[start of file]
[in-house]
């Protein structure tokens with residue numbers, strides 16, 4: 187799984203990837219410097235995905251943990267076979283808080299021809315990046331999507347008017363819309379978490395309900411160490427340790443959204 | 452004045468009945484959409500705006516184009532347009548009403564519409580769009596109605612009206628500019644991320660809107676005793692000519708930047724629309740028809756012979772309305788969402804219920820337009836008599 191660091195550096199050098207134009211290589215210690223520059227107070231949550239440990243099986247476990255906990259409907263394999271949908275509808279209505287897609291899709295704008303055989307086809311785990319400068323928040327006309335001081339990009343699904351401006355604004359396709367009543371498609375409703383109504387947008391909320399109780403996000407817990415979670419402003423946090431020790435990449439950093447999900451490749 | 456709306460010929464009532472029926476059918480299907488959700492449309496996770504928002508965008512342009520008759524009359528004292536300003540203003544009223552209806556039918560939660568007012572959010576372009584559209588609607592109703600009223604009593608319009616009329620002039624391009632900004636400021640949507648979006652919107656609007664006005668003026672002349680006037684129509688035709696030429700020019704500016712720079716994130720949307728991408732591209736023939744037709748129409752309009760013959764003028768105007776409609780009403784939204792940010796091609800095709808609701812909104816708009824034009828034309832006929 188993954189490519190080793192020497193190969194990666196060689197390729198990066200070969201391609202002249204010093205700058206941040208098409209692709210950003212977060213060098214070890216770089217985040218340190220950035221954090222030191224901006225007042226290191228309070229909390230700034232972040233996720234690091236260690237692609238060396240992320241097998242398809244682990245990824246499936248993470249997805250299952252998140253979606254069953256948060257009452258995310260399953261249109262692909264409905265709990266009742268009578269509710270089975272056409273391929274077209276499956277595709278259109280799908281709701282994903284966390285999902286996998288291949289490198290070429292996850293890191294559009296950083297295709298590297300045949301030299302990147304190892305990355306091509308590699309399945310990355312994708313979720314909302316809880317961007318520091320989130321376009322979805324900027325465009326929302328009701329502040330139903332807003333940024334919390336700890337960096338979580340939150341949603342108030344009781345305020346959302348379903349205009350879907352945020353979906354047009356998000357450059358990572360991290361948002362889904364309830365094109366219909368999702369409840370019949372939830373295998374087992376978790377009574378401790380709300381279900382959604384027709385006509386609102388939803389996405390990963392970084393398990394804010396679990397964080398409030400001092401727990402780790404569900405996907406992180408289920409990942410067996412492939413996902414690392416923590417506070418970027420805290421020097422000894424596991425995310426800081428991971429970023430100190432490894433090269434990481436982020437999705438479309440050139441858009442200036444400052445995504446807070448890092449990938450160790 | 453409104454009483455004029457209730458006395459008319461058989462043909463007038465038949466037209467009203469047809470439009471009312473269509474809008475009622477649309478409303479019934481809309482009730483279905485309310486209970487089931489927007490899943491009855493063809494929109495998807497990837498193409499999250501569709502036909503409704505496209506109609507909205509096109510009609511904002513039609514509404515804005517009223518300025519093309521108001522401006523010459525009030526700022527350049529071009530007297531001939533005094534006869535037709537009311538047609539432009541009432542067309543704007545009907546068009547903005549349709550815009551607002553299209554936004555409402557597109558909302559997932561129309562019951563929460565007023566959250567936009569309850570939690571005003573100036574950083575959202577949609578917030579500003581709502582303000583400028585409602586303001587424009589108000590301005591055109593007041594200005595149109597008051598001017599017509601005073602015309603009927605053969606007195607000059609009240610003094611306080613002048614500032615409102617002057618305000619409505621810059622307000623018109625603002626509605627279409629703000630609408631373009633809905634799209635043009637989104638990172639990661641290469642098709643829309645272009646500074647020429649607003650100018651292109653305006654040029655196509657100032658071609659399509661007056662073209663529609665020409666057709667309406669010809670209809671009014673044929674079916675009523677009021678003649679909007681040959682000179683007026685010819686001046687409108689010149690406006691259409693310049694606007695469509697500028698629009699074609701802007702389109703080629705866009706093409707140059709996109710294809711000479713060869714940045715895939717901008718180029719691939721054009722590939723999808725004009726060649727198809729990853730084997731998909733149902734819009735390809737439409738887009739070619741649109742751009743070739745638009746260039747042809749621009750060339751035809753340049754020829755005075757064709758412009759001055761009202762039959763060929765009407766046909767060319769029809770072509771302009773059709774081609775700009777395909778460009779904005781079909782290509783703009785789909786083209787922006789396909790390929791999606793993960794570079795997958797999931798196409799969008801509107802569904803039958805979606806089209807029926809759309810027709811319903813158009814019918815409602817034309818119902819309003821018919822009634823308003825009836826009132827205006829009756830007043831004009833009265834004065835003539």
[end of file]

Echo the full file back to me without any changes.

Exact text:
[in-house]
């Protein structure tokens with residue numbers, strides 16, 4: 187799984203990837219410097235995905251943990267076979283808080299021809315990046331999507347008017363819309379978490395309900411160490427340790443959204 | 452004045468009945484959409500705006516184009532347009548009403564519409580769009596109605612009206628500019644991320660809107676005793692000519708930047724629309740028809756012979772309305788969402804219920820337009836008599 191660091195550096199050098207134009211290589215210690223520059227107070231949550239440990243099986247476990255906990259409907263394999271949908275509808279209505287897609291899709295704008303055989307086809311785990319400068323928040327006309335001081339990009343699904351401006355604004359396709367009543371498609375409703383109504387947008391909320399109780403996000407817990415979670419402003423946090431020790435990449439950093447999900451490749 | 456709306460010929464009532472029926476059918480299907488959700492449309496996770504928002508965008512342009520008759524009359528004292536300003540203003544009223552209806556039918560939660568007012572959010576372009584559209588609607592109703600009223604009593608319009616009329620002039624391009632900004636400021640949507648979006652919107656609007664006005668003026672002349680006037684129509688035709696030429700020019704500016712720079716994130720949307728991408732591209736023939744037709748129409752309009760013959764003028768105007776409609780009403784939204792940010796091609800095709808609701812909104816708009824034009828034309832006929 188993954189490519190080793192020497193190969194990666196060689197390729198990066200070969201391609202002249204010093205700058206941040208098409209692709210950003212977060213060098214070890216770089217985040218340190220950035221954090222030191224901006225007042226290191228309070229909390230700034232972040233996720234690091236260690237692609238060396240992320241097998242398809244682990245990824246499936248993470249997805250299952252998140253979606254069953256948060257009452258995310260399953261249109262692909264409905265709990266009742268009578269509710270089975272056409273391929274077209276499956277595709278259109280799908281709701282994903284966390285999902286996998288291949289490198290070429292996850293890191294559009296950083297295709298590297300045949301030299302990147304190892305990355306091509308590699309399945310990355312994708313979720314909302316809880317961007318520091320989130321376009322979805324900027325465009326929302328009701329502040330139903332807003333940024334919390336700890337960096338979580340939150341949603342108030344009781345305020346959302348379903349205009350879907352945020353979906354047009356998000357450059358990572360991290361948002362889904364309830365094109366219909368999702369409840370019949372939830373295998374087992376978790377009574378401790380709300381279900382959604384027709385006509386609102388939803389996405390990963392970084393398990394804010396679990397964080398409030400001092401727990402780790404569900405996907406992180408289920409990942410067996412492939413996902414690392416923590417506070418970027420805290421020097422000894424596991425995310426800081428991971429970023430100190432490894433090269434990481436982020437999705438479309440050139441858009442200036444400052445995504446807070448890092449990938450160790 | 453409104454009483455004029457209730458006395459008319461058989462043909463007038465038949466037209467009203469047809470439009471009312473269509474809008475009622477649309478409303479019934481809309482009730483279905485309310486209970487089931489927007490899943491009855493063809494929109495998807497990837498193409499999250501569709502036909503409704505496209506109609507909205509096109510009609511904002513039609514509404515804005517009223518300025519093309521108001522401006523010459525009030526700022527350049529071009530007297531001939533005094534006869535037709537009311538047609539432009541009432542067309543704007545009907546068009547903005549349709550815009551607002553299209554936004555409402557597109558909302559997932561129309562019951563929460565007023566959250567936009569309850570939690571005003573100036574950083575959202577949609578917030579500003581709502582303000583400028585409602586303001587424009589108000590301005591055109593007041594200005595149109597008051598001017599017509601005073602015309603009927605053969606007195607000059609009240610003094611306080613002048614500032615409102617002057618305000619409505621810059622307000623018109625603002626509605627279409629703000630609408631373009633809905634799209635043009637989104638990172639990661641290469642098709643829309645272009646500074647020429649607003650100018651292109653305006654040029655196509657100032658071609659399509661007056662073209663529609665020409666057709667309406669010809670209809671009014673044929674079916675009523677009021678003649679909007681040959682000179683007026685010819686001046687409108689010149690406006691259409693310049694606007695469509697500028698629009699074609701802007702389109703080629705866009706093409707140059709996109710294809711000479713060869714940045715895939717901008718180029719691939721054009722590939723999808725004009726060649727198809729990853730084997731998909733149902734819009735390809737439409738887009739070619741649109742751009743070739745638009746260039747042809749621009750060339751035809753340049754020829755005075757064709758412009759001055761009202762039959763060929765009407766046909767060319769029809770072509771302009773059709774081609775700009777395909778460009779904005781079909782290509783703009785789909786083209787922006789396909790390929791999606793993960794570079795997958797999931798196409799969008801509107802569904803039958805979606806089209807029926809759309810027709811319903813158009814019918815409602817034309818119902819309003821018919822009634823308003825009836826009132827205006829009756830007043831004009833009265834004065835003539």